Much as Americans cherish rugged individualists in movies and novels and the lore of the pioneers, it has been a different story when it comes to everyday people living ordinary lives. Real people who live alone, and people who are single (regardless of whether they live on their own), are more often suspected than celebrated.
When I was researching Singled Out, I found that one of the most dogged myths about single people is that they are selfish and self-centered. It’s not true – that’s why I call it a myth – but it persists. How could single people, or solo dwellers, know how to sustain any kind of a relationship? How could they feel anything but loneliness? That’s the old story.
Happily, a new perspective is emerging.
I have been interviewing people about how they live today. (Here’s a link if you want to tell me about yourself.) For example, do they live alone or with someone else? If alone, just how alone are they? If with others, who are those people and how do their lives intersect?
Toward the end of the interview, I ask participants to play the role of the sage, and dispense advice to other people about how to live. One person I interviewed, who has lived with other people and has lived alone, said this:
“I think that unless people are comfortable living alone, they have trouble living with anyone else.”
You may know the name Sherry Turkle from her most recent book, Alone Together: Why We Expect More From Technology and Less From Each Other. Just this weekend, Turkle, a psychology professor at M.I.T. who for decades has been studying the role of technology in our lives, also came out in favor of knowing how to be alone.
In an essay in the New York Times, she took on the ubiquity of texting and Twittering and Facebooking and checking our iPhones, even when we are with other people. (I seem to remember a New Yorker cartoon with a caption that said something like, “Let’s all get together this weekend and stare at our iPhones.”)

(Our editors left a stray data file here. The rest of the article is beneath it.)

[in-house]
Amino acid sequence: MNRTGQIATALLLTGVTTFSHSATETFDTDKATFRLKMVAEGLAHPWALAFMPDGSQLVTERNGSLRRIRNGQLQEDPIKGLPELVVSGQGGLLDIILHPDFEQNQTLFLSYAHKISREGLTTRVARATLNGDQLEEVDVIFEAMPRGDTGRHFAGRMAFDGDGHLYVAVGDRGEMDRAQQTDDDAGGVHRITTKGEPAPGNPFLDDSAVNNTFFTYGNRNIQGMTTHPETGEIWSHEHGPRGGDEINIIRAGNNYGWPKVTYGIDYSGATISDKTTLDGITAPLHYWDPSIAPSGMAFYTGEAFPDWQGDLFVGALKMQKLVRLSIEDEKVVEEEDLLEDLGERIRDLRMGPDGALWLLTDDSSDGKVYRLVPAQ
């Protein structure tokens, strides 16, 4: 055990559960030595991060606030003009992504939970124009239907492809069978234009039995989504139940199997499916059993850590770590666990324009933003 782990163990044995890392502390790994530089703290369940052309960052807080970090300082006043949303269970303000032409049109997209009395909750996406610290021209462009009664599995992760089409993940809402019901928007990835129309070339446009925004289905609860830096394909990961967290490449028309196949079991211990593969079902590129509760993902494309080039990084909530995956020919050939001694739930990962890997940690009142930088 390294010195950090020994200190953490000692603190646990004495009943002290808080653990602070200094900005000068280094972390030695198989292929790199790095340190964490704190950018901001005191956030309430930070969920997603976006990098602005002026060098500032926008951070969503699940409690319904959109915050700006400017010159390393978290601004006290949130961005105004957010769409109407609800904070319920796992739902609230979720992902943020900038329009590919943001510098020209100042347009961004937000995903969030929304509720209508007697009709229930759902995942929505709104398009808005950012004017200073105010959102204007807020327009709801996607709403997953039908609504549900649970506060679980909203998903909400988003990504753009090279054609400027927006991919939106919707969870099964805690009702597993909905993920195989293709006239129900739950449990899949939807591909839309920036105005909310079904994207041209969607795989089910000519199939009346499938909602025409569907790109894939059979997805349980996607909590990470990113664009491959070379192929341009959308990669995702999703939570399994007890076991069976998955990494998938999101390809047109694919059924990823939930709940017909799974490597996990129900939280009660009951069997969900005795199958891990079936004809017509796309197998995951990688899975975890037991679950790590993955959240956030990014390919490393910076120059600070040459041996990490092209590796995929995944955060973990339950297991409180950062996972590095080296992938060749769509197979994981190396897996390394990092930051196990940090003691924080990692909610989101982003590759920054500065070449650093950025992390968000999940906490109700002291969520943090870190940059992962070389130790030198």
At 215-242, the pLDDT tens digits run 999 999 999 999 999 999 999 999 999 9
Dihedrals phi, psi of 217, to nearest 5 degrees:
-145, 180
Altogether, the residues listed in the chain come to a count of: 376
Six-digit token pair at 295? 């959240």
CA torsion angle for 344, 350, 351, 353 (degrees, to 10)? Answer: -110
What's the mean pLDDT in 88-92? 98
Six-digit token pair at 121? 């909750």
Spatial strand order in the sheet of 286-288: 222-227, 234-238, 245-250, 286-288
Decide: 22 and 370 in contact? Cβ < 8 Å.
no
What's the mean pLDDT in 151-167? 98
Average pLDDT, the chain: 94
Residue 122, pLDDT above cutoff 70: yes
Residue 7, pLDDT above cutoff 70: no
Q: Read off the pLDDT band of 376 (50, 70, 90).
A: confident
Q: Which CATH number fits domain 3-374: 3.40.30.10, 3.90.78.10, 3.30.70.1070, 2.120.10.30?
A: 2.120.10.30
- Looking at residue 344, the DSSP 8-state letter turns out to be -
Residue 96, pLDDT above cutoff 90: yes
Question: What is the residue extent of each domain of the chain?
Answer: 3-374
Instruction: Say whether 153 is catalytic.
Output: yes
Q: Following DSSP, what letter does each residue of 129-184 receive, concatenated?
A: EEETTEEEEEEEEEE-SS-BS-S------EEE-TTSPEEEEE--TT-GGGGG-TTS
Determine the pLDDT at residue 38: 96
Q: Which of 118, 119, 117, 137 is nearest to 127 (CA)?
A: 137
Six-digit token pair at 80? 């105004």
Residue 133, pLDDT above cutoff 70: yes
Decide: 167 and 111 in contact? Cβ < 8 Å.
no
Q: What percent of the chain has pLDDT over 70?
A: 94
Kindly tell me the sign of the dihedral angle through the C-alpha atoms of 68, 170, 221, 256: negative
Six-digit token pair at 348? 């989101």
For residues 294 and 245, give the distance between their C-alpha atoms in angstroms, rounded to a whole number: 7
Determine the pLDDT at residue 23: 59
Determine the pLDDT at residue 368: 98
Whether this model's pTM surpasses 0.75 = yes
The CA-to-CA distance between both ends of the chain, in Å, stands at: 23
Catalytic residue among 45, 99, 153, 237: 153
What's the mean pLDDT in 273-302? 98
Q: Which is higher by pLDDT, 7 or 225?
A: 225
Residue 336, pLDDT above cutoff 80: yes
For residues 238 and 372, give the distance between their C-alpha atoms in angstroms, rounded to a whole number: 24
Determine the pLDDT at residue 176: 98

With our gush of quick tweets and truncated texts, she argues, we think we are connecting but what we are getting is not the full, rich experience of an actual conversation or meaningful interaction with another human. She thinks workplaces would be improved if a day a week were set aside for real conversations – no emailing or tweeting or texting allowed. In her own home, she has “device-free zones.”
About our misunderstanding of aloneness and loneliness, she says this:
“We think constant connection will make us feel less lonely. The opposite is true. If we are unable to be alone, we are far more likely to be lonely. If we don’t teach our children to be alone, they will know only how to be lonely.”
I like this hypothesis. As far as I know, though, it is just that. I would love to see some systematic research on the links among the ability to be alone, loneliness, skill at living with others, and the ability to forge and maintain genuine connections with other people. In the meantime, I welcome your thoughts.
Cowboy photo available from Shutterstock.
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From Psych Central's World of Psychology:
Best of Our Blogs: April 24, 2012 | World of Psychology (April 24, 2012)
Alone: What Is It Good For? « Infernal Deity of a Psychotic Mind (April 26, 2012)
Last reviewed: 23 Apr 2012